Cementing Tools

We have serials of cementing tools, such as Float Collar, Cementing Head, Connector, Plug and others. Multiple specification of cementing tools fit for different requirement of cementing operations. All the tools have related API, ISO certificate. QA & QC covers all the manufacture procedures to make sure that each tool we provide to our customer is with the best quality and conditions.

  • Float Collar
    Floating equipment is generally used in the lower section of the well to help: Reduce strain on the derrick while guiding casing past ledges and slough zones in the hole; Provide a landing point for bottom and top cementing plugs (pumped ahead of and behind the slurry as part of cementing operations); Provide a backpressure valve to prevent cement from flowing back into the inner diameter of the casing after the cement has turned the corner into the annulus and the top plug has been bumped.
  • Cementing Head
    A device fitted to the top joint of a casing string to hold a cement plug before it is pumped down the casing during the cementing operation. In most operations, a bottom plug is launched before the spacer or cement slurry. The top plug is released from the cement head after the spacer fluid. Most cement heads can hold both the top and bottom plugs. A manifold incorporated into the cement head assembly allows connection of a fluid circulation line.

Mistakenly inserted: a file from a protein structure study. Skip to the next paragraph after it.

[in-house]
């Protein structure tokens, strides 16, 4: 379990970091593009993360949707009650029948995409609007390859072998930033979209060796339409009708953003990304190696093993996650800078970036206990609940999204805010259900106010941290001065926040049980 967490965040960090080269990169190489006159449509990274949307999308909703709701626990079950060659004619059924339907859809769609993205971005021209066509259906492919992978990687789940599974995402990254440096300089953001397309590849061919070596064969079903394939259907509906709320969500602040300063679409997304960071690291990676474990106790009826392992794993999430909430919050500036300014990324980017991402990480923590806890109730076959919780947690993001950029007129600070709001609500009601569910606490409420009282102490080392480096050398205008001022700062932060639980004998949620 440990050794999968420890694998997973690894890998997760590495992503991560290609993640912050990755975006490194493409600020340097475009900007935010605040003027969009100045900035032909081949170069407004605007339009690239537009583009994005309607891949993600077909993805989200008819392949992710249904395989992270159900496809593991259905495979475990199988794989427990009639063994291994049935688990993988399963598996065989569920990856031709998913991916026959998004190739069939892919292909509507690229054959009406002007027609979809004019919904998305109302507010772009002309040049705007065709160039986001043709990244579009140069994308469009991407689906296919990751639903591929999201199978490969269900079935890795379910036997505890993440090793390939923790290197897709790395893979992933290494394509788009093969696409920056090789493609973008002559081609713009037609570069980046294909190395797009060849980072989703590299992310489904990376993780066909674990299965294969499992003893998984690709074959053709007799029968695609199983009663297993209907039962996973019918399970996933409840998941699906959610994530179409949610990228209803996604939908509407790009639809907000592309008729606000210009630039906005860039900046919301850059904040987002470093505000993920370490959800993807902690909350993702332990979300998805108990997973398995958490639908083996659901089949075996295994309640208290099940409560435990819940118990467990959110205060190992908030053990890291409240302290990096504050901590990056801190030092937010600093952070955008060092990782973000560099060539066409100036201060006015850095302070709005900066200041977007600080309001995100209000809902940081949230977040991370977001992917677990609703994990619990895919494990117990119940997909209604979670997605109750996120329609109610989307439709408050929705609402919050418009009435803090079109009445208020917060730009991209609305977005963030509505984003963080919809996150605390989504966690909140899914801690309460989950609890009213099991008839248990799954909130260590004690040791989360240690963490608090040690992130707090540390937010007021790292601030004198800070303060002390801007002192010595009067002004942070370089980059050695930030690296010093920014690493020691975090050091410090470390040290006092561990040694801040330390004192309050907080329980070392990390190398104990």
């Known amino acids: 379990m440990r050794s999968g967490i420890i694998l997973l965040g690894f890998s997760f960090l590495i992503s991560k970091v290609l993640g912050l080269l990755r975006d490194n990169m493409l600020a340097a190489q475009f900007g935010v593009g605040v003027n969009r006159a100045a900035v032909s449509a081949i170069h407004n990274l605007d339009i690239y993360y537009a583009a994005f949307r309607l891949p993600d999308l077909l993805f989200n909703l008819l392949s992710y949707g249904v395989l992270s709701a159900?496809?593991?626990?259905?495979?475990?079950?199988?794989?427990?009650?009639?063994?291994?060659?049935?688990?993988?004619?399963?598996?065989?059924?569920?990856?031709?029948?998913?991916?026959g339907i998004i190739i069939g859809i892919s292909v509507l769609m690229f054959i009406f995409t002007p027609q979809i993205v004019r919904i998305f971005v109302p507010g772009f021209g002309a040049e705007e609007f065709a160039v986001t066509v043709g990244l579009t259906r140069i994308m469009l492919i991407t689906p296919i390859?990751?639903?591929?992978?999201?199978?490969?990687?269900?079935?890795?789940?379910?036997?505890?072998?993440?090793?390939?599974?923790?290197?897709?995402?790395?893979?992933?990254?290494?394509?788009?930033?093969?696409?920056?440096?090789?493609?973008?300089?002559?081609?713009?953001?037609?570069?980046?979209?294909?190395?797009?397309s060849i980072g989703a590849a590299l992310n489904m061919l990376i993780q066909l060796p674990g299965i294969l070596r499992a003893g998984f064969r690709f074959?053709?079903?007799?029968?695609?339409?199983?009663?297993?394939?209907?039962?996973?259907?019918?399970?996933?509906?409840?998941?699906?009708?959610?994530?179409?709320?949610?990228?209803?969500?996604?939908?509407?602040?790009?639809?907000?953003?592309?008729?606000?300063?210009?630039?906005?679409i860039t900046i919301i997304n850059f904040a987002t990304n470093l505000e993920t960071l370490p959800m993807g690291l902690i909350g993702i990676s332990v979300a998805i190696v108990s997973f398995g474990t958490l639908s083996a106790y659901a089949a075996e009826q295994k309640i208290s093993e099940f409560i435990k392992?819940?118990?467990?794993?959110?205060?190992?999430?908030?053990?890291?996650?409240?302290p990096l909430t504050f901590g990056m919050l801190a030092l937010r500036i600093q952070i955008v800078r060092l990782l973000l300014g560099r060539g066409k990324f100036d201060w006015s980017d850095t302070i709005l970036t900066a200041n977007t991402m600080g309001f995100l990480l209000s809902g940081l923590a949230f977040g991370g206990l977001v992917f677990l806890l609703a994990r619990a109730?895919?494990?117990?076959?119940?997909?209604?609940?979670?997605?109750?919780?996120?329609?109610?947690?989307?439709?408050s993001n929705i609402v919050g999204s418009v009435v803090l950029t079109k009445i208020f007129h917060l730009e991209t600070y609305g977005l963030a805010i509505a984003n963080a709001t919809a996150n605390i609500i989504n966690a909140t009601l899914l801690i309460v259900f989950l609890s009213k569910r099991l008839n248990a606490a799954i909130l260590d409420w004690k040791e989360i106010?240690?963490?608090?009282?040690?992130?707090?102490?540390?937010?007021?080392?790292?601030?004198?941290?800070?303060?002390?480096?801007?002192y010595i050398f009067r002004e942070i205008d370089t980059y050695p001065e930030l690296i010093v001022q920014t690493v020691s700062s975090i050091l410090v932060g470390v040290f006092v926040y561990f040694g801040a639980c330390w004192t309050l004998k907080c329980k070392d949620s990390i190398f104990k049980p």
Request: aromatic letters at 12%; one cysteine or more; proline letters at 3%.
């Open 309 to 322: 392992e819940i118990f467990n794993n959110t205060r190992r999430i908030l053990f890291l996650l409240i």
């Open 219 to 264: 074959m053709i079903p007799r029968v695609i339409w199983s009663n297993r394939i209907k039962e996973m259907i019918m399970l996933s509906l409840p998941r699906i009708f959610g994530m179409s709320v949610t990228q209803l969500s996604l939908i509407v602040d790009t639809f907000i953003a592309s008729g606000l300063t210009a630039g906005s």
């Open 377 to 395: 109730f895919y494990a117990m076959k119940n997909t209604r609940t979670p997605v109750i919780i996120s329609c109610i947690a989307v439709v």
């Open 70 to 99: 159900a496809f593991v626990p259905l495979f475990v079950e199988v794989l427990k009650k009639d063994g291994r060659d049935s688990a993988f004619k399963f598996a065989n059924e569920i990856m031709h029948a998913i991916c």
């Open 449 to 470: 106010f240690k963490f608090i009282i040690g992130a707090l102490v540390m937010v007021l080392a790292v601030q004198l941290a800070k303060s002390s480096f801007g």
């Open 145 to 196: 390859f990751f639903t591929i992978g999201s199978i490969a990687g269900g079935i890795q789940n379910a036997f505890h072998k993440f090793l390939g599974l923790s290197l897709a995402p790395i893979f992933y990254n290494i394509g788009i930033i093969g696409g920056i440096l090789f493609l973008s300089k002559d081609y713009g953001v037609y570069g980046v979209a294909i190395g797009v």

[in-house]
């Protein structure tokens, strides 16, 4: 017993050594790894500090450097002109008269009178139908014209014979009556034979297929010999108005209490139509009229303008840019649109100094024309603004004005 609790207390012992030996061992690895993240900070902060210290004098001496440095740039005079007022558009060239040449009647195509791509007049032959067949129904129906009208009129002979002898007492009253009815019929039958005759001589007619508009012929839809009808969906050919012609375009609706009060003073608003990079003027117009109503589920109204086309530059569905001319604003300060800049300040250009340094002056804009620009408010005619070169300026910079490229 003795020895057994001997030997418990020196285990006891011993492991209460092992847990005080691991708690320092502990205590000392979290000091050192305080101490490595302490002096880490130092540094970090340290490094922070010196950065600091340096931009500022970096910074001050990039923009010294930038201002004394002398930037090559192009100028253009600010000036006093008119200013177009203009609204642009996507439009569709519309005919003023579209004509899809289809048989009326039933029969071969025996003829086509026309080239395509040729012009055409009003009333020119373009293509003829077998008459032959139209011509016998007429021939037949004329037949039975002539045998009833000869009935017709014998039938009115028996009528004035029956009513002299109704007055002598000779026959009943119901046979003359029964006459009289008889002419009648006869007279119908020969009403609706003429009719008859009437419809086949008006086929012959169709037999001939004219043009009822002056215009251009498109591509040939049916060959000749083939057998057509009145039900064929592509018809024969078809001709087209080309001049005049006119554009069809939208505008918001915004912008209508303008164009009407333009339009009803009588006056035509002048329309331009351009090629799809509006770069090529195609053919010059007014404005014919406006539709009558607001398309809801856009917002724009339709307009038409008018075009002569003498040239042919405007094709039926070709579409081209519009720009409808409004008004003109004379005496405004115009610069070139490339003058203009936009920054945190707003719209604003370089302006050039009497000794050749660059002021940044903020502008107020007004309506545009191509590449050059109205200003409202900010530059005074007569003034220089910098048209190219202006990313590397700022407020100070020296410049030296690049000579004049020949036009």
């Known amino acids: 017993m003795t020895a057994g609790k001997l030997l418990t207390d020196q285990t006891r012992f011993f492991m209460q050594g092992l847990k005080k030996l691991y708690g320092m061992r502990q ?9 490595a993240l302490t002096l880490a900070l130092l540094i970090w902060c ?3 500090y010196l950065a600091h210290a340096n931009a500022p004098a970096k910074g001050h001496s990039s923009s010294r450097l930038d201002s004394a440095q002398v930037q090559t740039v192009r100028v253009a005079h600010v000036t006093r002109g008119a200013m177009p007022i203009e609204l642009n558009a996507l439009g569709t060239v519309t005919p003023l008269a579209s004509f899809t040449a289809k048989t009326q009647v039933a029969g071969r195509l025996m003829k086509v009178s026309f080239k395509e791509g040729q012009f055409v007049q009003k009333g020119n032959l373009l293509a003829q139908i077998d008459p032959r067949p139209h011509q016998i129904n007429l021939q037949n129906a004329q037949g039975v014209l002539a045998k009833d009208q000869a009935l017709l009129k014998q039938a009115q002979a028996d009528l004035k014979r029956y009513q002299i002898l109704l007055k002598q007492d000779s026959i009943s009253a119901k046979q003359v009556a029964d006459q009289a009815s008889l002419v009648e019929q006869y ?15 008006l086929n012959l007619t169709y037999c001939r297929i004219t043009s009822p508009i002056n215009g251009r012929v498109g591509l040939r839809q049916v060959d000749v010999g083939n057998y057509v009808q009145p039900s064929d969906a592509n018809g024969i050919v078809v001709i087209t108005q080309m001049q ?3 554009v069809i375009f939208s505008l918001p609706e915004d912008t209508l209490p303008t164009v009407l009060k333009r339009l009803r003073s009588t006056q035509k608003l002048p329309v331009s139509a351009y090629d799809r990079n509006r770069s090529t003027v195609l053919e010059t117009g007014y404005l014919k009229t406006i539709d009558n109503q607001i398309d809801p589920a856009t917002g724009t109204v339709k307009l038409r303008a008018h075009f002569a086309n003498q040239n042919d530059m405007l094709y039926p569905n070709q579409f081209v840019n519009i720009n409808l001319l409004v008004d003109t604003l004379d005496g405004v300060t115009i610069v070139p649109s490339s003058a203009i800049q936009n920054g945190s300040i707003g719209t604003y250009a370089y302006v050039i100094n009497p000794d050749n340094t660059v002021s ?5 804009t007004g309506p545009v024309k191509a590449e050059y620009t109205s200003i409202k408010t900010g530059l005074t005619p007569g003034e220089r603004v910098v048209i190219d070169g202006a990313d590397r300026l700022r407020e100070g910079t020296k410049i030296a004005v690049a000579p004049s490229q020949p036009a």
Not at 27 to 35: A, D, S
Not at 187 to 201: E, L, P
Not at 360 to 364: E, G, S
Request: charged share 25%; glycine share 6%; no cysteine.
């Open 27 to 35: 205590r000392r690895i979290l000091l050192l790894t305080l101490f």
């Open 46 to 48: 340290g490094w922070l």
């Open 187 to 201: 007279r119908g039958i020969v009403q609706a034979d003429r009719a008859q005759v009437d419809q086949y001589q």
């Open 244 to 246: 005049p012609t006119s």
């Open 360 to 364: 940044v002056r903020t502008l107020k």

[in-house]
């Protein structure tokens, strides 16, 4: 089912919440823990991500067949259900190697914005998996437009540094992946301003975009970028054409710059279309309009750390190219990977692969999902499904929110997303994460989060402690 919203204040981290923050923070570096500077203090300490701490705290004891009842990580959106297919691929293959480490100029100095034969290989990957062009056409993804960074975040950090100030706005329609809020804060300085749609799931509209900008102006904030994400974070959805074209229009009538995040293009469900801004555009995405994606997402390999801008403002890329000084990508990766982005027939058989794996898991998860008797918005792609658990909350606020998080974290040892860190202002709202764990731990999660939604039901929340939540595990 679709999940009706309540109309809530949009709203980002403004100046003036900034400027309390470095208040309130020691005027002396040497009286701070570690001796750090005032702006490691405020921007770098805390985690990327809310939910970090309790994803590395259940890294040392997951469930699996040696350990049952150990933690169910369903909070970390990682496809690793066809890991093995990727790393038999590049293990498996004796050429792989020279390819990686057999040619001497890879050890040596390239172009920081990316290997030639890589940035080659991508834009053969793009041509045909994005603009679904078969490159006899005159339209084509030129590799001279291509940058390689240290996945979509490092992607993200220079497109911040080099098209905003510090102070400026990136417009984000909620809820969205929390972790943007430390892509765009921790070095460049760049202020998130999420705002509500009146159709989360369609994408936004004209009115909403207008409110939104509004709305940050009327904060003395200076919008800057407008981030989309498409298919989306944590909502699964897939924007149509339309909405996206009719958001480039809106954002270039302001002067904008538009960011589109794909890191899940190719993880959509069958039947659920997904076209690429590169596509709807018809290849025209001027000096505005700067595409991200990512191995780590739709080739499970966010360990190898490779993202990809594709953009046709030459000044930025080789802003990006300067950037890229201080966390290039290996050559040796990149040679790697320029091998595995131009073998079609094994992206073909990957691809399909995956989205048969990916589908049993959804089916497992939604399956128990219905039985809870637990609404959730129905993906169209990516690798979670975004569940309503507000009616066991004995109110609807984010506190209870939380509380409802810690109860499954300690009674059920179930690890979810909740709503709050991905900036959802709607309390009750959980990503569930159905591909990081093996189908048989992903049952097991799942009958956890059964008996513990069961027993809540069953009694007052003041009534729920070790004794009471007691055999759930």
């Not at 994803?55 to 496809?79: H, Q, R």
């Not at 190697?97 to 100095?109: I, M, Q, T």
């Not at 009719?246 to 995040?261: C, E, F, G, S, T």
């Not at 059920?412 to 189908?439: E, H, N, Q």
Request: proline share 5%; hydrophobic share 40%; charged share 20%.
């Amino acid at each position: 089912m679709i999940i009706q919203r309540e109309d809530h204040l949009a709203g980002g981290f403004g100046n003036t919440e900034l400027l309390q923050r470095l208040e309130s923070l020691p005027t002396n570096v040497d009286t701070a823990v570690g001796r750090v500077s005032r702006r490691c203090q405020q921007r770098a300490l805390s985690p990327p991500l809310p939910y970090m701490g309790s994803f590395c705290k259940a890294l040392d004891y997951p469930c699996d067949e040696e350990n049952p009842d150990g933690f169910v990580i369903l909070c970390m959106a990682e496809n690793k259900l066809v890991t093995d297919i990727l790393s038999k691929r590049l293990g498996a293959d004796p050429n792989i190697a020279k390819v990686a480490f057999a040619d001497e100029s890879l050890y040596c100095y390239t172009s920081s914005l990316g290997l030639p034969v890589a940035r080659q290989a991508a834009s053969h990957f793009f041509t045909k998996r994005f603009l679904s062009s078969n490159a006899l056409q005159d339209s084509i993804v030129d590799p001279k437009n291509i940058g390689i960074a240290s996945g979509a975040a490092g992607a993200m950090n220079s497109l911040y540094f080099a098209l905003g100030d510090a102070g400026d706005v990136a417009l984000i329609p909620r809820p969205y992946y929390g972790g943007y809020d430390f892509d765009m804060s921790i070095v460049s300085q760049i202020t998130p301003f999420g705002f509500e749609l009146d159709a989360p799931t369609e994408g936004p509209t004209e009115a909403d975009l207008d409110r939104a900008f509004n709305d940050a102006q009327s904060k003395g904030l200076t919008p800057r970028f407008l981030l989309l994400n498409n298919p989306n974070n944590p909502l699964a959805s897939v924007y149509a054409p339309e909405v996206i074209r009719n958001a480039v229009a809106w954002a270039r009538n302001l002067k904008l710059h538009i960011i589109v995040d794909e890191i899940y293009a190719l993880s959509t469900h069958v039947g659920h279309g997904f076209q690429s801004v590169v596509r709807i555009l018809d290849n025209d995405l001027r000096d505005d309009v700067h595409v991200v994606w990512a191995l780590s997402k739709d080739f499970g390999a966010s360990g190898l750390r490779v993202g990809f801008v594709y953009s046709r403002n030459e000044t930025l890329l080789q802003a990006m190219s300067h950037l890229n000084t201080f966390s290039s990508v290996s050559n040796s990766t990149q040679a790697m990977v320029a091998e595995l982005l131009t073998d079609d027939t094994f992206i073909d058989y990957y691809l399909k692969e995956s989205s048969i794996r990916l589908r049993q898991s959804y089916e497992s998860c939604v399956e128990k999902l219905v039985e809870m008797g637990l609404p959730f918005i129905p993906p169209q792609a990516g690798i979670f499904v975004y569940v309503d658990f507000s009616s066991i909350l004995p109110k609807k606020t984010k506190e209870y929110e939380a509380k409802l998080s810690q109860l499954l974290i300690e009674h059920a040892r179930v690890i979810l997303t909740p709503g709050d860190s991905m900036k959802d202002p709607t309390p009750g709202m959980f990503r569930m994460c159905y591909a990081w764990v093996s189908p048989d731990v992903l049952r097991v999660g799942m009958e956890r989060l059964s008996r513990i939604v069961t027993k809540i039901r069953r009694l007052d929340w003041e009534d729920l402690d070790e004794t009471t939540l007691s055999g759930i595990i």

• Plug
    Pipe plugs are items, added in buildcraft. Their purpose is to prevent connection between pipes, chest or machines which normally connect to each other. They are used in tightly packed machinery to avoid space wasting and the usage of different types of pipes (cobblestone and stone transport pipes).
  • Casing Centralizer
    A mechanical device that keeps casing from contacting the wellbore wall. A continuous 360-degree annular space around casing allows cement to completely seal the casing to the borehole wall. There are two distinct classes of centralizers. The older and more common is a simple, low-cost bow-spring design. Since the bow springs are slightly larger than the wellbore, they can provide complete centralization in vertical or slightly deviated wells. However, they do not support the weight of the casing very well in deviated wellbores. The second type is a rigid blade design. This type is rugged and works well even in deviated wellbores, but since the centralizers are smaller than the wellbore, they will not provide as good centralization as bow-spring type centralizers in vertical wells. Rigid-blade casing centralizers are slightly more expensive and can cause trouble downhole if the wellbore is not in excellent condition.